Moved, That the draft order laid before the House on 13th July be approved [24th Report from the Joint Committee].—(Lord Reay.)

Lord Bruce of Donington

My Lords, we are happy to associate ourselves with the general sentiments expressed by the noble Lord. As the noble Lord says, recent developments have presented all western nations with an opportunity to assist in the considerable reconstruction which must take place in the wake of the abolition of the old dictatorial and centrally planned states of eastern Europe. Of course it is to be hoped that their courage is matched by our imagination and that we concentrate, possibly rather more altruistically than we may have done in the past, on bringing constructive assistance rather than on the making of a quick buck—our principal preoccupation. However, we welcome the instrument, which is in standard form.

We welcome the fact that the bank will be in London. We commend the Chancellor of the Exchequer and his fellow Ministers for their initiative in this matter.

There are one or two points in the order on which I should like illumination. I do not raise the matters in any querulous spirit; I do not intend to make an issue of them. Paragraph 8 states that the bank shall have, relief from rates on its official premises". I do not know to which kind of rate it would otherwise be subject. Would it be the business rate at the standard rate or the rate which is being levied following the institution of the poll tax? I am not sure what relief is afforded to the bank.

In paragraph 9, in regard to the importation of goods and services, the order states that the bank is exempt from taxes subject to such conditions as the Commissioners of Customs and Excise may prescribe. What kind of conditions will be prescribed? It will be useful to know that because the bank's directors must know in due course.

Paragraph 10 states: The Bank shall be exempt from prohibitions and restrictions on importation or exportation in the case of goods and publications imported or exported by the Bank and necessary for the exercise of its official activities". Do the authorities or does the bank itself determine what is necessary?

At paragraph 14 one sees the reference to which the noble Lord referred: As from the date on which an internal effective tax for the benefit of the Bank on the emoluments paid to him by the Bank is applied". Employees and directors are exempt from taxation in this country as the noble Lord described. I am fascinated by the term "internal tax". It is rather novel for an institution to levy a tax upon its employees for its own benefit. I know that that is done in the European Commission. British employees of the Commission do not pay any income tax in the United Kingdom. They pay considerably reduced income tax in the EC which is then applied to a reduction of the Commission's own vote for expenditure. That is rather a novel way of going about it. Is the noble Lord quite sure that that is the best way to proceed? I note that the emoluments can be taken into account for the purposes of determining total income for other purposes. Perhaps the noble Lord will expand on that.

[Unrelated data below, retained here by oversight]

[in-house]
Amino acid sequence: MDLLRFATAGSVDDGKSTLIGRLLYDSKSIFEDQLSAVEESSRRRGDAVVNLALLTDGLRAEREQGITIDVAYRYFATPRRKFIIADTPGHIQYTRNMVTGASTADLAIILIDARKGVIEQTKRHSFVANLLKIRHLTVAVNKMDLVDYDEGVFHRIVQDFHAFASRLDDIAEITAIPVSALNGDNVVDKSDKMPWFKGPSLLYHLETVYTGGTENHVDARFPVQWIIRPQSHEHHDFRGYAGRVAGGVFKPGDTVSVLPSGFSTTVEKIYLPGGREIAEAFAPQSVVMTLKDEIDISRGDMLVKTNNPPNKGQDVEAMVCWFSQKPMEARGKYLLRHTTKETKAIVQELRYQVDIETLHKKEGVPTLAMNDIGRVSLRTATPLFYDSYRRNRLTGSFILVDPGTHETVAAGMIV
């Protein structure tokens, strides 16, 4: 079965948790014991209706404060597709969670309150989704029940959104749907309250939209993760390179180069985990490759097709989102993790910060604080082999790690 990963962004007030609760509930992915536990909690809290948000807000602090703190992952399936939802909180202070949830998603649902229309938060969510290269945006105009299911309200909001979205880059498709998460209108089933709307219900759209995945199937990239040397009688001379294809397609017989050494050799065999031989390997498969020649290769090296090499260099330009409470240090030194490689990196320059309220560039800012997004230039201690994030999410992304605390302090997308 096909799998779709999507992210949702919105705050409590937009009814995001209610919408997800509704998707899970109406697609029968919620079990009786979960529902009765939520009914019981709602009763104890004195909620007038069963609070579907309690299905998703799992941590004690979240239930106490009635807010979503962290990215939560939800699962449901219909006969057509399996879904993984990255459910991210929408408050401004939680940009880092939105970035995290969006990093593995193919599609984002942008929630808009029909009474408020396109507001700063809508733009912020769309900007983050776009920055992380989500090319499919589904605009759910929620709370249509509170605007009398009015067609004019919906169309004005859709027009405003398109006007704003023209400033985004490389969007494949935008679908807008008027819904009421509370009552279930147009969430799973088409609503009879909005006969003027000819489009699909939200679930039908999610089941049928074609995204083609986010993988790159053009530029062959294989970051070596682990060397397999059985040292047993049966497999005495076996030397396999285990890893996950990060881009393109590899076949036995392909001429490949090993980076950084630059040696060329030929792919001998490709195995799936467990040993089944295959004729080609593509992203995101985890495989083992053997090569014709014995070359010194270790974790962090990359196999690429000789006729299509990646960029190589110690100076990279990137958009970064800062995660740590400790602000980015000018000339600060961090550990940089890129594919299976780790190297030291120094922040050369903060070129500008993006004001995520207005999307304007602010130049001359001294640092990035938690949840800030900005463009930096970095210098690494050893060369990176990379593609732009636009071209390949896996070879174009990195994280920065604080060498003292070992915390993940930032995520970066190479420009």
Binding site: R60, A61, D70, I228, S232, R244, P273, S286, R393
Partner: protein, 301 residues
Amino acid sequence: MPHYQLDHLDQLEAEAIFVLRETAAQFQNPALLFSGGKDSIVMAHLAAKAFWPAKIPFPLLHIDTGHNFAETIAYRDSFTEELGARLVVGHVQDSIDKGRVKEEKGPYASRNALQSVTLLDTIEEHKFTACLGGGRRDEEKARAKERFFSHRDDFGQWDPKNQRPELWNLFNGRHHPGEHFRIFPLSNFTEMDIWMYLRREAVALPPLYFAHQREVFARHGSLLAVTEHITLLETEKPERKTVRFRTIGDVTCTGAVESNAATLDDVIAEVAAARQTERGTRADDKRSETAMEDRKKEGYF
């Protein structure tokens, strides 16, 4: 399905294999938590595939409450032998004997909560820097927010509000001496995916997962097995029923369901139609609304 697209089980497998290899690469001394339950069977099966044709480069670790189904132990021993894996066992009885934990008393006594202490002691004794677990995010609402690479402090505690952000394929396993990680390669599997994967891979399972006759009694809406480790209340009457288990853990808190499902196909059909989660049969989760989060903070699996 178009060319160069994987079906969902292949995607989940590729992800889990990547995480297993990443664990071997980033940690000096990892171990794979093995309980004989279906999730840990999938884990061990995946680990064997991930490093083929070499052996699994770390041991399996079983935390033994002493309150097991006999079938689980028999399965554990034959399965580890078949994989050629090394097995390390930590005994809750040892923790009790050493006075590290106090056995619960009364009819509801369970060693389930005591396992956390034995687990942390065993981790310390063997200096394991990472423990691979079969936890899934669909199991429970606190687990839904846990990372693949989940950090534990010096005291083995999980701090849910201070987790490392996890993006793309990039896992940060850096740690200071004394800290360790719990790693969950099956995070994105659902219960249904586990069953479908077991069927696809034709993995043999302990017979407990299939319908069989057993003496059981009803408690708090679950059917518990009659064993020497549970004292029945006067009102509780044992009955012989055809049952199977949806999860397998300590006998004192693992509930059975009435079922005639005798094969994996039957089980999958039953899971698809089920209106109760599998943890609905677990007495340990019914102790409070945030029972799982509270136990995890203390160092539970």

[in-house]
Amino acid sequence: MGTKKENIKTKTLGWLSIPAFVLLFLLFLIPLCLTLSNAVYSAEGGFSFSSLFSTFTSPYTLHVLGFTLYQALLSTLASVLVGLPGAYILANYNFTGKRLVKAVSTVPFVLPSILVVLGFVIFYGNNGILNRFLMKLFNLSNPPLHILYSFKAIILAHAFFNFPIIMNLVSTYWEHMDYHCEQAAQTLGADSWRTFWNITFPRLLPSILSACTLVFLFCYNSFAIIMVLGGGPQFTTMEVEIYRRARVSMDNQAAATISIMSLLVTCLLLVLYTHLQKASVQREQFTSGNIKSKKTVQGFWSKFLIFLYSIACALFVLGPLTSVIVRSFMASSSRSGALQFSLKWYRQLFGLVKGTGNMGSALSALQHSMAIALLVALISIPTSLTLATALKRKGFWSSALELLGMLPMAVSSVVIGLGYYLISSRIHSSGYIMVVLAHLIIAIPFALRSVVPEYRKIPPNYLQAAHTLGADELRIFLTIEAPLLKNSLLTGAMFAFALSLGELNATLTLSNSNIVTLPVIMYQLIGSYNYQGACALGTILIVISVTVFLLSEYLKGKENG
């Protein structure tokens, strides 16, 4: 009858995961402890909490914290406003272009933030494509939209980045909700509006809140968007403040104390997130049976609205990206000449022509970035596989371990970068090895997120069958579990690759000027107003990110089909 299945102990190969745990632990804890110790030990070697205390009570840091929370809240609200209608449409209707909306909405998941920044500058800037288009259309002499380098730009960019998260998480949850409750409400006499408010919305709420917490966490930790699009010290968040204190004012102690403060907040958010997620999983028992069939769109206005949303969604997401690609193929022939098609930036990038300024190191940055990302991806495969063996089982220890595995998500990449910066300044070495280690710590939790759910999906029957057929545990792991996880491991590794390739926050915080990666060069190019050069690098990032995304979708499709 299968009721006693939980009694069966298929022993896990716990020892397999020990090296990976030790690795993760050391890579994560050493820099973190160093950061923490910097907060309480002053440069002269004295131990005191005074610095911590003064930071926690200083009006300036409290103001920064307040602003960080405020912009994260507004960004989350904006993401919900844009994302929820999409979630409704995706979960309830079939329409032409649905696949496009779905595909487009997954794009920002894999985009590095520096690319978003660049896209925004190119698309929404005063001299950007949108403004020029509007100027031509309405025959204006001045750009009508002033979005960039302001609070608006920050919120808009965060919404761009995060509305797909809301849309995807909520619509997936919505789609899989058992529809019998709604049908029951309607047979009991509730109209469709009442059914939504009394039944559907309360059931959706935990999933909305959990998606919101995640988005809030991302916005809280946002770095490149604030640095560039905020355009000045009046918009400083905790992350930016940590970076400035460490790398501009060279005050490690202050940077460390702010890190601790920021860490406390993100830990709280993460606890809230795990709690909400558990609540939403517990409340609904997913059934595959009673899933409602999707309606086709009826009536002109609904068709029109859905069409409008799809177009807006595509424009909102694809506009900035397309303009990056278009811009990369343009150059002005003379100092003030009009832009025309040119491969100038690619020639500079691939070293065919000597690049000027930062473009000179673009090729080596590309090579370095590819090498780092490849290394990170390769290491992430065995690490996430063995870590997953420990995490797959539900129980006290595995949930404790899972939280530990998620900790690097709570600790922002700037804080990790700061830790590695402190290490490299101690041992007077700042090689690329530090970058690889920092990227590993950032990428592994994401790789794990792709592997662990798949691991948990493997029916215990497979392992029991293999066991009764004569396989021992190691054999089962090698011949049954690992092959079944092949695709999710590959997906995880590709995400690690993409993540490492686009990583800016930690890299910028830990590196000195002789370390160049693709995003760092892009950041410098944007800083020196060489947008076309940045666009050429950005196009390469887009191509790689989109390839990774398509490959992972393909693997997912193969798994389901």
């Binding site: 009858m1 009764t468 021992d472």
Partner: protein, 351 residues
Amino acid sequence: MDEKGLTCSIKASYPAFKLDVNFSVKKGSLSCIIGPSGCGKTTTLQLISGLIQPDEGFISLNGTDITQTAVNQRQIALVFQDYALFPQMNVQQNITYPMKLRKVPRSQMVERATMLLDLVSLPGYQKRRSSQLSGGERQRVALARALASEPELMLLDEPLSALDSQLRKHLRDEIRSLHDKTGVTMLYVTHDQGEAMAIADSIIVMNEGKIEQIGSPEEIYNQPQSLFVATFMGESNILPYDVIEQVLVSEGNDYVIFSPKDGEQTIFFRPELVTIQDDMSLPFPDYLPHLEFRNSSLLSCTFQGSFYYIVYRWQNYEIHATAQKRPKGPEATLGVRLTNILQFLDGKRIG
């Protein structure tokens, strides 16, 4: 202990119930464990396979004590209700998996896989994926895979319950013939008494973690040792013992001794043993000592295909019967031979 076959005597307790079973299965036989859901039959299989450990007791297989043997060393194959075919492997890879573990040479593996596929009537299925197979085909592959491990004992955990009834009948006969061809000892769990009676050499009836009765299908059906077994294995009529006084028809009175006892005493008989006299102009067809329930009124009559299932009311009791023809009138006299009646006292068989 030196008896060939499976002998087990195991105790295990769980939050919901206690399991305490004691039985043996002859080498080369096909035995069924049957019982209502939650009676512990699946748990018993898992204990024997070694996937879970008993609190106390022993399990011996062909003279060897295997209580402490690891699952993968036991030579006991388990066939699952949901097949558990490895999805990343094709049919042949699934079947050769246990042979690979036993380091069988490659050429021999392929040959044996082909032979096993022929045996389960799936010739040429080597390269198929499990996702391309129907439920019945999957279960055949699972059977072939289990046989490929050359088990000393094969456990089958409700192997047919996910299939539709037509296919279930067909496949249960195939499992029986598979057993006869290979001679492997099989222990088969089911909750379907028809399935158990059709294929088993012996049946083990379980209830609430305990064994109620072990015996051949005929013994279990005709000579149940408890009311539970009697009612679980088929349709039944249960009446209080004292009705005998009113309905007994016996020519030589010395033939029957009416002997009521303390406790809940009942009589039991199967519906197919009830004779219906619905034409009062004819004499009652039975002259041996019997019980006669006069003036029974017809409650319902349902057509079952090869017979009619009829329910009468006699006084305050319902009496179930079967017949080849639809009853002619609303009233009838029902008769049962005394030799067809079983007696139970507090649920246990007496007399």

These are small matters. I raise them only to enable the noble Lord to provide a little more information. On this side of the House we are more than willing to expedite the progress of the order through the House in the hope that it will achieve the objectives which the Government have so ably set out.

Lord Reay

My Lords, I am grateful to the noble Lord for the general welcome which he has given to the order. He has quite properly raised one or two points which he described as being small matters. He was kind enough to give me advance notice of them; so I hope I shall be able to throw some light upon them.

The noble Lord asked about the exemption of rates of the bank's premises. My understanding is that the bank's premises will be subject to exemption from all but the beneficial portion of the non-domestic rate. The beneficial portion is 20 per cent. of the rate operative in the borough in which the premises are situated. That is my understanding.

With respect to paragraph 9, the noble Lord asked if I could explain the conditions which the Customs and Excise might prescribe for the protection of the revenue. I believe that those are yet to be determined in respect of this organisation but they will be for the protection of the revenue.

With regard to paragraphs 9 and 10, the noble Lord asked who was to decide what is necessary for the exercise of the official activities of the bank. In any dispute that would be for initial discussion between the bank and the relevant United Kingdom authorities; for example, Customs and Excise. Guidance is available from Customs and Excise, and ultimately in any dispute it would be a matter for interpretation by the United Kingdom courts.

The noble Lord asked a number of questions regarding internal tax. An internal tax is one levied by the international organisation for its own benefit. The revenue generated serves to reduce the contributions payable by member states. I understand that in international practice that is the treatment normally accorded to emoluments paid by an international organisation.

I hope that that deals with most of the queries raised by the noble Lord. Once again, I thank him for his general reception of an order which it is hoped marks an important step forward in the welcoming back of eastern and central Europe into the fold of the western world.

On Question, Motion agreed to.